An ordinance prohibiting Minneapolis landlords from refusing to rent to low-income tenants with federal housing vouchers was approved March 24 by a unanimous City Council.
City Council Member Elizabeth Glidden said the ordinance, first introduced two years ago, continued a “long tradition” in the state and city of shielding public assistance recipients from discrimination. Its passage does not mean landlords must rent to Section 8 Housing Choice Voucher holders, only that they must consider their applications as they would anyone else seeking an apartment.
An amendment to the Minneapolis Civil Rights Ordinance, it takes effect May 1, 2018.
“Now, we will no longer be permitted to have properties advertise ‘No section 8 may apply’ — something that has long been a tremendous barrier to what is really a relatively small group of individuals who are some of our most vulnerable residents trying to find housing in the marketplace and having tremendous, tremendous difficulty,” Glidden said.
She said only about 200 Section 8 participants are looking for housing in Minneapolis each month, on average, but they face “stereotyping and blanket rejection” by landlords. More than 90 percent of voucher holders in Minneapolis are people of color, and the average household income of all voucher holders was $15,203. About 5,000 households are already using vouchers to pay for housing.
The ordinance was co-sponsored by City Council members Abdi Warsame and Lisa Goodman. According to a city report, nearly 60 other jurisdictions nationwide have similar ordinances on the books. In Minneapolis, the city’s Civil Rights Department is charged with monitoring enforcement of the new rules.
The council took nearly two hours of public testimony on the ordinance during a joint committee hearing held the week prior to the vote. Several landlords, property managers and representatives of the multi-family housing industry urged council members to first make reforms to the Section 8 program as it is administered by the Minneapolis Public Housing Authority before acting on an ordinance.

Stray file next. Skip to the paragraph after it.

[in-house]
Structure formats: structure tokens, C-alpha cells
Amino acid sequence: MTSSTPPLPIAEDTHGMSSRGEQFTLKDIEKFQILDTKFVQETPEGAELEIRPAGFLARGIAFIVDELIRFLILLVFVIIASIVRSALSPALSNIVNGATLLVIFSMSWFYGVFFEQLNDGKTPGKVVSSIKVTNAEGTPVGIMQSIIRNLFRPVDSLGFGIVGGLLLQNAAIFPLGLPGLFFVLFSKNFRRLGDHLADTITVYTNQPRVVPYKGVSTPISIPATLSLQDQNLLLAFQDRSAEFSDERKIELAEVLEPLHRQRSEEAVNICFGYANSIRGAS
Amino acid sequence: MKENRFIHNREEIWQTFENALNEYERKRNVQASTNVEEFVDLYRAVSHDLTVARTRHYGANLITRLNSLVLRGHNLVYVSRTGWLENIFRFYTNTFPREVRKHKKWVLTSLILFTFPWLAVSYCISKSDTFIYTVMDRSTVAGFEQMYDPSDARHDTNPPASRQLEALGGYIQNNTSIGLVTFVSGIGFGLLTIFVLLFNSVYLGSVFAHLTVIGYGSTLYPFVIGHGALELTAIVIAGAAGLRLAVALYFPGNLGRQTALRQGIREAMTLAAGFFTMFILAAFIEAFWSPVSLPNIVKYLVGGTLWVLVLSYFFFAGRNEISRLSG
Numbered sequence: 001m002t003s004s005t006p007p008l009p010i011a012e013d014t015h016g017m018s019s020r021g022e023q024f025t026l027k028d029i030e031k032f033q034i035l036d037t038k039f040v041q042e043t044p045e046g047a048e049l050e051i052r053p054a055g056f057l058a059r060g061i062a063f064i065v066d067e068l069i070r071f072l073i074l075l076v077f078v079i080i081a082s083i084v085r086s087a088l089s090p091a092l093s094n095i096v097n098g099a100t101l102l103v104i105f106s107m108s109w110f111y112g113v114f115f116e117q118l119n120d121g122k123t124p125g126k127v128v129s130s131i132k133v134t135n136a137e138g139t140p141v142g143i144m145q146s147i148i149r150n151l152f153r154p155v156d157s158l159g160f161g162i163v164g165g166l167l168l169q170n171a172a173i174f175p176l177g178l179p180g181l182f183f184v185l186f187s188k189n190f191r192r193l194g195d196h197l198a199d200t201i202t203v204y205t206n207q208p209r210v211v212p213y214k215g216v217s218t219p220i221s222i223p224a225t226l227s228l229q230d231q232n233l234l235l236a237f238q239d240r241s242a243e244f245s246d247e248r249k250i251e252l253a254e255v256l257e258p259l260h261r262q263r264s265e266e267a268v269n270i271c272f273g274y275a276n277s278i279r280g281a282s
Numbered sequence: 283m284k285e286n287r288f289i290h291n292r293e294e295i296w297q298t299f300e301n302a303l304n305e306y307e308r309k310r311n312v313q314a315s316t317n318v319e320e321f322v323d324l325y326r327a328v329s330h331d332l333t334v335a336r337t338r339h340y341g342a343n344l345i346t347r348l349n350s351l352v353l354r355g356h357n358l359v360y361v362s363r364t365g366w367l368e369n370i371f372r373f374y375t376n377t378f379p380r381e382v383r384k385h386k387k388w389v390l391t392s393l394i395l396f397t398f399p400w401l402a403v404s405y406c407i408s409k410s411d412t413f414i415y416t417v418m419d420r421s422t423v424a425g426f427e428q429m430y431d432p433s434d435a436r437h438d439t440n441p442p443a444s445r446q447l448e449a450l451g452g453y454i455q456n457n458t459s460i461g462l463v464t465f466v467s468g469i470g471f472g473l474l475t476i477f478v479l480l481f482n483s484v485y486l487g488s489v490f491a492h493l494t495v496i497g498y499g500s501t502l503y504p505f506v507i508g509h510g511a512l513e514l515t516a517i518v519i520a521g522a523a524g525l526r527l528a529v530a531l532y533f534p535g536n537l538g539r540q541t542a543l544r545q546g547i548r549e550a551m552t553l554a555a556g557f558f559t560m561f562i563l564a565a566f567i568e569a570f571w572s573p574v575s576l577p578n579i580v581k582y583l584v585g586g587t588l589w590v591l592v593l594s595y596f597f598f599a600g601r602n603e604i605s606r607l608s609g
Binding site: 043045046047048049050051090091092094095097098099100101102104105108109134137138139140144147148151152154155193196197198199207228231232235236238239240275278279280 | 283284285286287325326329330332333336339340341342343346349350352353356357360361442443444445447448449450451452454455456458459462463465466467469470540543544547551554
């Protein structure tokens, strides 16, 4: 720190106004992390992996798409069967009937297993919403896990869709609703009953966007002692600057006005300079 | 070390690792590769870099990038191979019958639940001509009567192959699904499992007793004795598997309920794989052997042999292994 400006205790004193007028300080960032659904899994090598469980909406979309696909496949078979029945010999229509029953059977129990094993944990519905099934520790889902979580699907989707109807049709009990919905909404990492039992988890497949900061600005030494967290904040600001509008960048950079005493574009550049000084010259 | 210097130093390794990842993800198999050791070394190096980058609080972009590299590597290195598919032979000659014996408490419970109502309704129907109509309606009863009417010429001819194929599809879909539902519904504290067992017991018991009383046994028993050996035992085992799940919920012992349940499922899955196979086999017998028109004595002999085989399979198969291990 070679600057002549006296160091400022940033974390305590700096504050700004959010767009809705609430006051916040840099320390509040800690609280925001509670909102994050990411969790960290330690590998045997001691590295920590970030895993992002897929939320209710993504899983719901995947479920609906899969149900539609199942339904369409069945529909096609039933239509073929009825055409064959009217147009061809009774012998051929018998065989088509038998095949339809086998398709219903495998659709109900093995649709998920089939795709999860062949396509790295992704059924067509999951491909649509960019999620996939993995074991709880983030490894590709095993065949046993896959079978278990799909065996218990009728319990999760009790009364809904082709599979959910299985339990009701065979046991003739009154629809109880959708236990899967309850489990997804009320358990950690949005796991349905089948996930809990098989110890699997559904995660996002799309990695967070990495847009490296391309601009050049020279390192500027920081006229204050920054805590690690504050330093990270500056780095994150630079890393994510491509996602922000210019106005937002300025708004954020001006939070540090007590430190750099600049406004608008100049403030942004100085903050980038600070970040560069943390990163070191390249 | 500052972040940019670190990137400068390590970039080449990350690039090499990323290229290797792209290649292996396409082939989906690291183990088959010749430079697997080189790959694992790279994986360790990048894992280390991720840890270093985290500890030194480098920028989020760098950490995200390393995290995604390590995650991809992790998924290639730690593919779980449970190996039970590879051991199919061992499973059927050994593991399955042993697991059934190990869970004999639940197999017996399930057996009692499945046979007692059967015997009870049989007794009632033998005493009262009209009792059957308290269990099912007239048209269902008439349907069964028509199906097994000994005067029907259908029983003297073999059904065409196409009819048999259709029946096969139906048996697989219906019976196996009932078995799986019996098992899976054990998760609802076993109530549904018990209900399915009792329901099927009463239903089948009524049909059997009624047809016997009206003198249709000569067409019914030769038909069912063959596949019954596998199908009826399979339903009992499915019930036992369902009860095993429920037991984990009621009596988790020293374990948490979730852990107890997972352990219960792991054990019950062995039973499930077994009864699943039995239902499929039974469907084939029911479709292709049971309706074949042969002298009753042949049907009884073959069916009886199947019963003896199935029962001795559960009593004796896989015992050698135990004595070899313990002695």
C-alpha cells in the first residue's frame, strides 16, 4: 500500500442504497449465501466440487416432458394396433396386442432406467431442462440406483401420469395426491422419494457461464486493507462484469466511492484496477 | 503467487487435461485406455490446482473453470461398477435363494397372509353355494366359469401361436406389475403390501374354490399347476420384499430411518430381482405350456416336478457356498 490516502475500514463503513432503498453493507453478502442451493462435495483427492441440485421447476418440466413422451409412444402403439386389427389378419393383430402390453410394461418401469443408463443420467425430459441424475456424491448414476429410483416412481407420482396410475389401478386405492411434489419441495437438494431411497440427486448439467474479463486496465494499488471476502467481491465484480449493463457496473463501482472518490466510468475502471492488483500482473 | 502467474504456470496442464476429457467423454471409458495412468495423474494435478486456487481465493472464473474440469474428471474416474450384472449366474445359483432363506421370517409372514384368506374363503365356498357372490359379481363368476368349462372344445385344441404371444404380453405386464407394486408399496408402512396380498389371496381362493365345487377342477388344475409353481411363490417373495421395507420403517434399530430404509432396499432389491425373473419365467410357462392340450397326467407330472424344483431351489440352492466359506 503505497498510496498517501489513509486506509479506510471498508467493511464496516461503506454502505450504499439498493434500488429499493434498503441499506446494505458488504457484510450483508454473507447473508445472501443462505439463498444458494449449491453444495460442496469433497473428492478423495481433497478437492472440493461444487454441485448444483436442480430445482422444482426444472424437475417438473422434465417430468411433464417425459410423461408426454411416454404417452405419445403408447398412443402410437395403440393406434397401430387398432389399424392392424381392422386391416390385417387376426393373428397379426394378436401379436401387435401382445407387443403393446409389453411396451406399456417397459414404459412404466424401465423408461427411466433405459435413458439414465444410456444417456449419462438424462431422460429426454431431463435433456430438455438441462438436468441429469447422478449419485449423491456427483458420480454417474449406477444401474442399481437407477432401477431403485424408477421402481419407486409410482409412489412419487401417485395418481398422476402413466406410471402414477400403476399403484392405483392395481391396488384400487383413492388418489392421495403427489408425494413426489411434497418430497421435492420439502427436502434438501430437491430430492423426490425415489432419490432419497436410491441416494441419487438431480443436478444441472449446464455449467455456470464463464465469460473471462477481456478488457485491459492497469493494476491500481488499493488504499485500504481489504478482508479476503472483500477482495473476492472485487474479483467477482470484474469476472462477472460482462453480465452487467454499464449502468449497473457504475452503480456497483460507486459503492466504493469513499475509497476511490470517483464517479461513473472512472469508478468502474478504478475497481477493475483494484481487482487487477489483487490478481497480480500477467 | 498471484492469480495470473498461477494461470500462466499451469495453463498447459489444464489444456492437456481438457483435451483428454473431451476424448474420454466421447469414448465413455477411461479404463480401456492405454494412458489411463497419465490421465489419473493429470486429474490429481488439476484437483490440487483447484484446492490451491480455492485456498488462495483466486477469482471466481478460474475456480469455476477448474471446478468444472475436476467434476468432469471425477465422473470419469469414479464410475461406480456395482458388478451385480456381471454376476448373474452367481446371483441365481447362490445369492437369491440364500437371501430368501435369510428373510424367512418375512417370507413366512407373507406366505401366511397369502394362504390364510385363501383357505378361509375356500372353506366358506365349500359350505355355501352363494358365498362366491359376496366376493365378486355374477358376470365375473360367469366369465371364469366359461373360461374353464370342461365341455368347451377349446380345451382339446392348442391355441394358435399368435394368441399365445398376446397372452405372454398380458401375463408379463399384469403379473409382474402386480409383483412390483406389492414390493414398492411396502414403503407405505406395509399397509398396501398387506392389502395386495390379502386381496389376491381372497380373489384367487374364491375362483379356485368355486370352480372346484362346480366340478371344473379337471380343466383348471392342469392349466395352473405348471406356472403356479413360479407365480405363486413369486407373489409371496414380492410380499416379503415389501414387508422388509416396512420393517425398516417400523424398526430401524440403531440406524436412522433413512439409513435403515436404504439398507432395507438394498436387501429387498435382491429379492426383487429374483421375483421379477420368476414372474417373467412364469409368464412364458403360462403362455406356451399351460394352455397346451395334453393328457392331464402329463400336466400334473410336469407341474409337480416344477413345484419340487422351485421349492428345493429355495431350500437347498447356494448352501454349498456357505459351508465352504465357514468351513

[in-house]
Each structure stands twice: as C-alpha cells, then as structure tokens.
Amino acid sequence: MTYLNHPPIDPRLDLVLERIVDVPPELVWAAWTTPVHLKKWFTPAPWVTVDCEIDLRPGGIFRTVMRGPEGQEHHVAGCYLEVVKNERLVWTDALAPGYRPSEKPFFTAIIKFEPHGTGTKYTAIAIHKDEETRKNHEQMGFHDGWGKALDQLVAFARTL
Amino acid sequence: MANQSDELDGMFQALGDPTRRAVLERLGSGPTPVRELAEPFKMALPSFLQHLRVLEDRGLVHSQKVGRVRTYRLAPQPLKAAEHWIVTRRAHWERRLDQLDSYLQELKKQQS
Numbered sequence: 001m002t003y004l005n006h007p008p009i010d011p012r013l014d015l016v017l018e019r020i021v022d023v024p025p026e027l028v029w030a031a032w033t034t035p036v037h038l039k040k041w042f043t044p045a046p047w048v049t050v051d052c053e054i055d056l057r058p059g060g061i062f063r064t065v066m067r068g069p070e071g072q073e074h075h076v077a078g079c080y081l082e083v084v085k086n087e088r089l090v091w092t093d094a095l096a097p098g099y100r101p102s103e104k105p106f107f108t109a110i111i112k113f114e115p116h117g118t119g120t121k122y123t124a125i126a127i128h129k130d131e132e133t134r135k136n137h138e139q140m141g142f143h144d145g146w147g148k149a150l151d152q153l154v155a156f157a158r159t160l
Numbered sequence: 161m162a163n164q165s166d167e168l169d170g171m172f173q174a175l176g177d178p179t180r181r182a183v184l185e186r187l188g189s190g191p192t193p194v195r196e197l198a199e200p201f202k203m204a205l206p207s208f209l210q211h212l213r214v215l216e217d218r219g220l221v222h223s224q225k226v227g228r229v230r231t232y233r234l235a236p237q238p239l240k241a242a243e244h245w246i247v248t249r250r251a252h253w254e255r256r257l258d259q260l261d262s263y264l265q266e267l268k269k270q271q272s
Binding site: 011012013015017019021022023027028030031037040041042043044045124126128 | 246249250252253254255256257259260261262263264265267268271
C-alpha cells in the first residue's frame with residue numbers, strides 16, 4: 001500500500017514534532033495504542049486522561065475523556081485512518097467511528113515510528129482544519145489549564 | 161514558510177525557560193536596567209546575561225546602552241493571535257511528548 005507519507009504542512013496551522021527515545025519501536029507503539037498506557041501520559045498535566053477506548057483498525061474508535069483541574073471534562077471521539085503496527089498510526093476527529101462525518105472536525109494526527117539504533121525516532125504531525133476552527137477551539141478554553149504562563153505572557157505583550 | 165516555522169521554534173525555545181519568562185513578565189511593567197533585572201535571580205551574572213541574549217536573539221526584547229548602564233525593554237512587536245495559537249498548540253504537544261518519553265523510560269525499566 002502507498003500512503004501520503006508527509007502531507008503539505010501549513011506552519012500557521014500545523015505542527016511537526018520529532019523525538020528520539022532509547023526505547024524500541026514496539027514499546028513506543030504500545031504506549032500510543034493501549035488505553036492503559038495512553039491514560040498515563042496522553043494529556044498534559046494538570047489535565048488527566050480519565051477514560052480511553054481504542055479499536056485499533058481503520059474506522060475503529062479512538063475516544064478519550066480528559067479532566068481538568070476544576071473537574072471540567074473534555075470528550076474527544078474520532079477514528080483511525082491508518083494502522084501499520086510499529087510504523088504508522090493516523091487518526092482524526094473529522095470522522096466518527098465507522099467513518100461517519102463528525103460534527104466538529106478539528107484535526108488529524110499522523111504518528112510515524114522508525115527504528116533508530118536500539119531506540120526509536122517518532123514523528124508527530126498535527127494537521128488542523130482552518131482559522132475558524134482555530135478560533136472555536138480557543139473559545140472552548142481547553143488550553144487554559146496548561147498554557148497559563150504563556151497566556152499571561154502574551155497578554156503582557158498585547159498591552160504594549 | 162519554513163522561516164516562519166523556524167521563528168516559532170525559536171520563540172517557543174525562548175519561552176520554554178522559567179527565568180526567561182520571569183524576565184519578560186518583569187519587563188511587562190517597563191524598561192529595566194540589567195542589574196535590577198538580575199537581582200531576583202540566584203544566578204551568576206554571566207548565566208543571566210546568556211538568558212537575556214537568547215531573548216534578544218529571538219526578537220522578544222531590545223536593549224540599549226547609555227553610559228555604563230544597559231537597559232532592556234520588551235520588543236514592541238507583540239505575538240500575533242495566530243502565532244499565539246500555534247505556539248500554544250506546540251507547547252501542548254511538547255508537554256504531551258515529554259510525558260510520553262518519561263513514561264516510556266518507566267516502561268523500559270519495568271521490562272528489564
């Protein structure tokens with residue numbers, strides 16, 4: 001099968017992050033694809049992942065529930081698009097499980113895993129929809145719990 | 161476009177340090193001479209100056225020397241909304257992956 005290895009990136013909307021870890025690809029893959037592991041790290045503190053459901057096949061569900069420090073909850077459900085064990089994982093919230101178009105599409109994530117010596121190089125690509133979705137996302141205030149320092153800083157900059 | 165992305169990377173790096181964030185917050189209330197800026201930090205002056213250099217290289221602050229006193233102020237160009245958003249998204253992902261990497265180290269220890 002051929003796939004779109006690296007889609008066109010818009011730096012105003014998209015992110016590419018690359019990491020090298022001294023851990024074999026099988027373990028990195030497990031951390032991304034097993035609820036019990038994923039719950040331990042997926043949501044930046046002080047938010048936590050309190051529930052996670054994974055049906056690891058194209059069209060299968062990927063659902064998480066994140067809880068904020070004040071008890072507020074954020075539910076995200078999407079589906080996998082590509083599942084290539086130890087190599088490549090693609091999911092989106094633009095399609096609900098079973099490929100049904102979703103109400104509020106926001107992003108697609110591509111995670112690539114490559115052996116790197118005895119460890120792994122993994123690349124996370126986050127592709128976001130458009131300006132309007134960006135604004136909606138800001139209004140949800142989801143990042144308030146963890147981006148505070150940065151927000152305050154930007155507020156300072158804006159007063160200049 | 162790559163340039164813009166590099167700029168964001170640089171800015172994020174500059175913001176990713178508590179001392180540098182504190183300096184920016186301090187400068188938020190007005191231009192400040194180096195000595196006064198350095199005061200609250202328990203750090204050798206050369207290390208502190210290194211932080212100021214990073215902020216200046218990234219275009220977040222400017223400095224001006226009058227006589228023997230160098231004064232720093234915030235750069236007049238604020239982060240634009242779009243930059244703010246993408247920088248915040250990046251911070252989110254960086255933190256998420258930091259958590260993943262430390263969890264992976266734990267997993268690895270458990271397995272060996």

“This ordinance is not the solution to the problem you’re trying to solve,” said Cecil Smith, a Minneapolis landlord and incoming board chair of the Minnesota Multi Housing Association, a non-profit trade group. Smith argued that the council’s action seemed “hostile to business,” and that the city should first give the MPHA time to work with landlords.
The organization had previously taken out a full-page advertisement in the Star Tribune warning that passage of the ordinance would add layers of bureaucracy and lead to “coastal rents,” pricing many out of the housing market.
A statement released by the Minnesota Multi Housing Association after the March 24 vote described the Section 8 Housing Choice Voucher program as “broken.” The statement read, in part: “We support the program. We support reform. We call on the City Council to start being practical and actually make things better, not play politics with lives and businesses in the city.”
The MPHA responded with its own statement posted to its website. The city agency has pledged to improve its working relationship with landlords through better communication and an updated inspections process. It has also proposed creation of a fund to incentivize local landlords to consider Section 8 voucher holders as tenants.